We Help Clients Nationwide Make Sense of the Social Security Disability Application Process and Common Abbreviations 

Federal Social Security disability programs can provide vital financial benefits for people living with severe medical conditions that prevent employment. Unfortunately, from the numerous forms you must complete to the specialized terms you’ll encounter, applying for disability is anything but intuitive. 

Fortunately, you don’t have to face this overwhelming endeavor alone. Disability Services of America guides clients through the Social Security disability application process, providing essential information and step-by-step assistance to help you secure the benefits you deserve. 

Understanding Disability’s Specialized Terminology 

Are you applying for Social Security disability? Whether you’re Googling the process or looking through the application forms, the unfamiliar jargon, acronyms, and abbreviations are everywhere. Not to worry. Disability Services of America cracks the code so you make sense of the alphabet soup. The following are some of the most common terms you’ll encounter when applying for Social Security disability, presented from application to approval.

Social Security Administration (SSA)

The SSA is a federal agency that manages two distinct programs for people who can’t work due to one or more severely disabling conditions.

Supplemental Security Income (SSI)

SSI is a needs-based program that provides health insurance and monthly financial benefits for disabled individuals with low income and limited resources.

Social Security Disability Insurance (SSDI)

SSDI is a federal insurance program for individuals with disabilities who’ve accrued sufficient credits working in jobs that contribute to Social Security through payroll taxes. Benefits can include monthly financial payments and health coverage. Applicants typically require 40 work credits, including 20 earned in the last 10 years ending with the year of disability onset.

Substantial Gainful Activity (SGA)

SGA is an earning threshold the Social Security Administration (SSA) uses to decide if your work activity qualifies as substantial and gainful employment when determining disability benefits eligibility. Your disabling medical condition must be too severe to permit engaging in SGA. The SSA updates SGA amounts periodically to reflect changes in the national wage index. In 2024, Social Security Disability Insurance (SSDI) or Supplemental Security Income (SSI) applicants must earn less than $1,550 per month to qualify, while the SGA for statutorily blind SSDI applicants is $2,590 per month.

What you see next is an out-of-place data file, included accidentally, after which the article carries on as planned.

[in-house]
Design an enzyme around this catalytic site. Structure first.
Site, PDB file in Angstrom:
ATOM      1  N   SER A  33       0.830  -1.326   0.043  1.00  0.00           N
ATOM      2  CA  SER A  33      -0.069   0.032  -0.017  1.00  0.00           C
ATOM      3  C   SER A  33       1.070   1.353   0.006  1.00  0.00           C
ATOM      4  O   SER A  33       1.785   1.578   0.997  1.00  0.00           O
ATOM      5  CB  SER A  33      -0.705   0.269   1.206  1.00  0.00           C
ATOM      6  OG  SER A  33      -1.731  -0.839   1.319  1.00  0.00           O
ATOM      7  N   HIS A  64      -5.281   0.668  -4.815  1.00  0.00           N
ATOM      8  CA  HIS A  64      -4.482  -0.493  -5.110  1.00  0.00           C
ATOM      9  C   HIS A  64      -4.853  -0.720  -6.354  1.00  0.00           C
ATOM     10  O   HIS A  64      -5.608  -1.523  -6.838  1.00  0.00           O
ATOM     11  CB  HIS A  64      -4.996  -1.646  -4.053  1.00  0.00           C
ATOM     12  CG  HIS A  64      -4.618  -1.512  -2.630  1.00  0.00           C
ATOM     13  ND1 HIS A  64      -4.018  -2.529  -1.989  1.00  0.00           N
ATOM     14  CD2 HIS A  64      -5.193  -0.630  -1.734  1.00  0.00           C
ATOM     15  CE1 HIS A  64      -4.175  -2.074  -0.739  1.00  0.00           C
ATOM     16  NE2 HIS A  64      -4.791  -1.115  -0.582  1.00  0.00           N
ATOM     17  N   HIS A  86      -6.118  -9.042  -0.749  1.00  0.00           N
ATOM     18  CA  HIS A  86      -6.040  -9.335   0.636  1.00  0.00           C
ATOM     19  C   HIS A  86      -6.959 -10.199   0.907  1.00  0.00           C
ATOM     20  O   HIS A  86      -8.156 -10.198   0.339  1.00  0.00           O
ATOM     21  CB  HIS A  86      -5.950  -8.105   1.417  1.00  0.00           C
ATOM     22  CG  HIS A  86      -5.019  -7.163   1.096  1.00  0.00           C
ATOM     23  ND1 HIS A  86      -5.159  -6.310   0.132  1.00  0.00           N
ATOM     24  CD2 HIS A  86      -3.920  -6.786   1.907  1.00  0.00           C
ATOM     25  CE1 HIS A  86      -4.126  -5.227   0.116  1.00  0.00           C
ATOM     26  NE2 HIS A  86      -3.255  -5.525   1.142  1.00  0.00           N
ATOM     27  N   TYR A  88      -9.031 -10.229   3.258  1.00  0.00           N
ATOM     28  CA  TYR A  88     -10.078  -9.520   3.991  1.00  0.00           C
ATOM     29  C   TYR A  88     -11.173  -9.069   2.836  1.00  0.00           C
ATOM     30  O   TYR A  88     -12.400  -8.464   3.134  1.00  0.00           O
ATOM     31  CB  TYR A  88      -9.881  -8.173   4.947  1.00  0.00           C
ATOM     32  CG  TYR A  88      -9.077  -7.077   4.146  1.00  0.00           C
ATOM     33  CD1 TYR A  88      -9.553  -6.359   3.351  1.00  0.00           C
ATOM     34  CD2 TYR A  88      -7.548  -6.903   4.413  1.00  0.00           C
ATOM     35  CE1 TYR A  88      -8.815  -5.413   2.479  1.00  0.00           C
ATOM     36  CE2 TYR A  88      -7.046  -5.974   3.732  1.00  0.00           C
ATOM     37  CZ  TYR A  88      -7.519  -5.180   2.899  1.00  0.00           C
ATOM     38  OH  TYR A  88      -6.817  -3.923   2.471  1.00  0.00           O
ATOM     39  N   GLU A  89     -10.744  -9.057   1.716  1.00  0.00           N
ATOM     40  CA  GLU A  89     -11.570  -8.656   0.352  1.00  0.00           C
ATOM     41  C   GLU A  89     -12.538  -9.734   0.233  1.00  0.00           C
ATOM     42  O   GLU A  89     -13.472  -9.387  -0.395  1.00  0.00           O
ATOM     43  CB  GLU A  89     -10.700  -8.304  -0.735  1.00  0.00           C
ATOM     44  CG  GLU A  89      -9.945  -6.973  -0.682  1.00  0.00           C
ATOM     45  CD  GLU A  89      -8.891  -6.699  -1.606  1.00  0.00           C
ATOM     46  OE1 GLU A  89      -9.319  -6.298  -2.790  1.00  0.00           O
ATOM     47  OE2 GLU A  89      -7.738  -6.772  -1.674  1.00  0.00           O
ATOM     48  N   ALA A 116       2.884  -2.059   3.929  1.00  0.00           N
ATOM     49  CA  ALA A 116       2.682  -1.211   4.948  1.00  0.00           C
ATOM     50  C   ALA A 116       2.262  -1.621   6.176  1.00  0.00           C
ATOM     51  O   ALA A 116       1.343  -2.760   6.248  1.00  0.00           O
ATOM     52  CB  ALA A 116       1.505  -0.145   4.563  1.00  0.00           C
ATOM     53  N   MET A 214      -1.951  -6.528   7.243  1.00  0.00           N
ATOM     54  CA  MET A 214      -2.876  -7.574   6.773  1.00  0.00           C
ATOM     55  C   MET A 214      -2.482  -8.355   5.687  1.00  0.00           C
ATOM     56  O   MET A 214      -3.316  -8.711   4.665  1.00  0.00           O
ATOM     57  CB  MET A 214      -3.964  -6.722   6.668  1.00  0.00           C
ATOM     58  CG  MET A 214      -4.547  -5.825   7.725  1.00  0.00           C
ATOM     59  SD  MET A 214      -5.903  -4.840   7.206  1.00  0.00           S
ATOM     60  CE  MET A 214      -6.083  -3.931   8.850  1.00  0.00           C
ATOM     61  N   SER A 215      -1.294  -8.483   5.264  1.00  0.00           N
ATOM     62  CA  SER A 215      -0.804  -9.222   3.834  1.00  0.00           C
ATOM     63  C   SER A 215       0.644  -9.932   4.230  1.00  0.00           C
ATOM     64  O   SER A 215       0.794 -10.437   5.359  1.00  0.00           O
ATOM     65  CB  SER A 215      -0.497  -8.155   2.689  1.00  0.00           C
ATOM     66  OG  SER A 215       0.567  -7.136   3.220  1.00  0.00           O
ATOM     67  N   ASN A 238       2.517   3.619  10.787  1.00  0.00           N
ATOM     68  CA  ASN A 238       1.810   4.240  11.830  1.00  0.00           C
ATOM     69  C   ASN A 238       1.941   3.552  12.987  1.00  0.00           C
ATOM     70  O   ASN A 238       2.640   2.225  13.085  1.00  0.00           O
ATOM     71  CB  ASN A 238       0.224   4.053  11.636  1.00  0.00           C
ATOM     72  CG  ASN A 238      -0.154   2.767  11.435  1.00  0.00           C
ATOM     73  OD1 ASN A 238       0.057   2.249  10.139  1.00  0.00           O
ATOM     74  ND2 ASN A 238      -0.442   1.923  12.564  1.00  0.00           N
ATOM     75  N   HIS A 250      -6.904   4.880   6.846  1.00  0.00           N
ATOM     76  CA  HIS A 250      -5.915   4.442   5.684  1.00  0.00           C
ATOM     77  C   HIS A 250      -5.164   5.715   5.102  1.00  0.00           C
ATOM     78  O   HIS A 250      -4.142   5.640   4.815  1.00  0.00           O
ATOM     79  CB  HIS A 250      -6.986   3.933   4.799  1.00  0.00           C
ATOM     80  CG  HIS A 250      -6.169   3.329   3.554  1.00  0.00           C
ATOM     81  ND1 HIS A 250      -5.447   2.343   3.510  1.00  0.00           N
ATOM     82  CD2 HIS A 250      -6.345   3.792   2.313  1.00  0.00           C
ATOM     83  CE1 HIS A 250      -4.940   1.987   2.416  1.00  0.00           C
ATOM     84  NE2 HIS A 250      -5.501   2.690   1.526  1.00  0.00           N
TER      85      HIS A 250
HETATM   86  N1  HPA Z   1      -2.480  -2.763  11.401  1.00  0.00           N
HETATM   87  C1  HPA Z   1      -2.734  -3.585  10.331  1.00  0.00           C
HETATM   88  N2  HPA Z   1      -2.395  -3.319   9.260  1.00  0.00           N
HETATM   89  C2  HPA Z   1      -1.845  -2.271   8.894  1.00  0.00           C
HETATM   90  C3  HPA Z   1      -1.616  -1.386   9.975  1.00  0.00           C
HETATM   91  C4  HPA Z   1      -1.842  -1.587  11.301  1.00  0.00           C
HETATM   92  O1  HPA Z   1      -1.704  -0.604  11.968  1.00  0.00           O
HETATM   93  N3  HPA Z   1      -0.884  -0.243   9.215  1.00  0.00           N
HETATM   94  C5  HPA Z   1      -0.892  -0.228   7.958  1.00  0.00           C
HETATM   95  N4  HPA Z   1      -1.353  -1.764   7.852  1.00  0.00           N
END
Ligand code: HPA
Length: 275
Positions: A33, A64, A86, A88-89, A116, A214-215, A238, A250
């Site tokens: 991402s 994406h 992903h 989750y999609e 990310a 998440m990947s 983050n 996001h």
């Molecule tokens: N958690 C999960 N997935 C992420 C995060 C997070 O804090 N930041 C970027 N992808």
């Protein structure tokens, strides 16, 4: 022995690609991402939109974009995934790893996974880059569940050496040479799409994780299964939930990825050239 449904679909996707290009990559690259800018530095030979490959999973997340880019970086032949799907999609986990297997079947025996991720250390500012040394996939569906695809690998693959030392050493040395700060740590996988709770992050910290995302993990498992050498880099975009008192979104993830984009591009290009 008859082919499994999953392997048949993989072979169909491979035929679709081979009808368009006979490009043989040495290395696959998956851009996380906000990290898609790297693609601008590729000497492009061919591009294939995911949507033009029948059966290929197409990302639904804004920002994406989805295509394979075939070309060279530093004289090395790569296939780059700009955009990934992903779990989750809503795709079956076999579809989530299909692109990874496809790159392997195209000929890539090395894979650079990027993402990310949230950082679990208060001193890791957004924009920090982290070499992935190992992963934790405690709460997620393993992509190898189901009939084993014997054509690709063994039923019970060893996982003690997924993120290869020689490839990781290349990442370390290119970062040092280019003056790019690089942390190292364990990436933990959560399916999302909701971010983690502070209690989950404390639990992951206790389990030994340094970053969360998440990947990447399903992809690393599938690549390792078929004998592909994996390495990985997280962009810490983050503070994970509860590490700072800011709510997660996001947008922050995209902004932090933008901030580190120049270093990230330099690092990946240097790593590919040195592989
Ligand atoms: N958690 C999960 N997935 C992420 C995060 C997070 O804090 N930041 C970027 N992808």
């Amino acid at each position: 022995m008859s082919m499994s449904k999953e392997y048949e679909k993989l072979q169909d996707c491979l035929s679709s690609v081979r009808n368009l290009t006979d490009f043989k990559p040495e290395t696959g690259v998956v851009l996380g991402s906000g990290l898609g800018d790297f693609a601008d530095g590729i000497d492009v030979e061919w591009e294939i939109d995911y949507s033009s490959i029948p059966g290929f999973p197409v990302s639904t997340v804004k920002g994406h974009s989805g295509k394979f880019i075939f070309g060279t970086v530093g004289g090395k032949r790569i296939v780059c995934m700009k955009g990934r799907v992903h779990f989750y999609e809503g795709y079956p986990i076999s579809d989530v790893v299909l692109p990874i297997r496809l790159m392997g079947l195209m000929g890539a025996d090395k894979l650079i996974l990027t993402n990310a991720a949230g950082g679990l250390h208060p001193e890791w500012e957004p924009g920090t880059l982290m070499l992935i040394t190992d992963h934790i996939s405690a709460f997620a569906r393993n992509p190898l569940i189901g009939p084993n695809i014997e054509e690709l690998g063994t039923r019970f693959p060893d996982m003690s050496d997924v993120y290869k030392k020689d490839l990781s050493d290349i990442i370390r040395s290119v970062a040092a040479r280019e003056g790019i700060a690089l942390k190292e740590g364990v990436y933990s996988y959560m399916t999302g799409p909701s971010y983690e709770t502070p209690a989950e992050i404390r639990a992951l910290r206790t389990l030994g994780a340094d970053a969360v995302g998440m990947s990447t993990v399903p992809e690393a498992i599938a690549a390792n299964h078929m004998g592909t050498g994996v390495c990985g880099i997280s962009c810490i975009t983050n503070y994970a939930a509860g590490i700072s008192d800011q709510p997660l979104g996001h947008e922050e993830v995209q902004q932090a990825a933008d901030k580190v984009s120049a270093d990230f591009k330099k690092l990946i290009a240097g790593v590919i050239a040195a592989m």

Medically Determinable Impairment (MDI)

An MDI is a physical or mental condition that can be established with objective medical evidence, such as clinical findings, laboratory tests, or diagnostic imaging. Demonstrating the presence of an MDI is critical to determining SSI and SSDI eligibility.

Acceptable Medical Sources (AMS)

Providing medical evidence of a specific impairment that could be reasonably expected to produce your symptoms is crucial when applying for SSI or SSDI. However, this vitally important documentation must come from acceptable medical sources. AMS includes licensed medical or osteopathic doctors and other licensed or certified providers working within their scope of practice.

Residual Functional Capacity (RFC) Assessment 

An RFC assessment is an evaluation the SSA conducts to determine applicants’ ability to perform work-related activities despite their impairments. It considers wide-ranging factors— including the physical and mental capabilities, limitations, and restrictions your condition causes—to understand how it affects your capacity to complete work-related tasks like sitting, standing, walking, lifting, carrying, and concentrating. 

An RFC assessment also considers social functioning and communication skills, evaluating how you understand and follow instructions and cooperate in a team environment. These evaluations can be critical to proving your eligibility when your condition isn’t in the Blue Book, the SSA’s guide of qualifying conditions criteria for approval.

Disability Determination Services (DDS)

DDS is a state-level agency that evaluates Supplemental Security Income (SSI) and Social Security Disability Insurance (SSDI) claims. Medical and vocational examiners at DDS review all the evidence in your application to determine whether you meet the SSA’s strict definition of disability. 

Get Step-by-Step Guidance for the SSI or SSDI Application Process 

When you can’t work due to a severe MDI and are counting on vital SSI or SSDI benefits, there’s far too much at stake to go it alone. Turn to Disability Services of America for experienced assistance at every stage of the Social Security disability application process.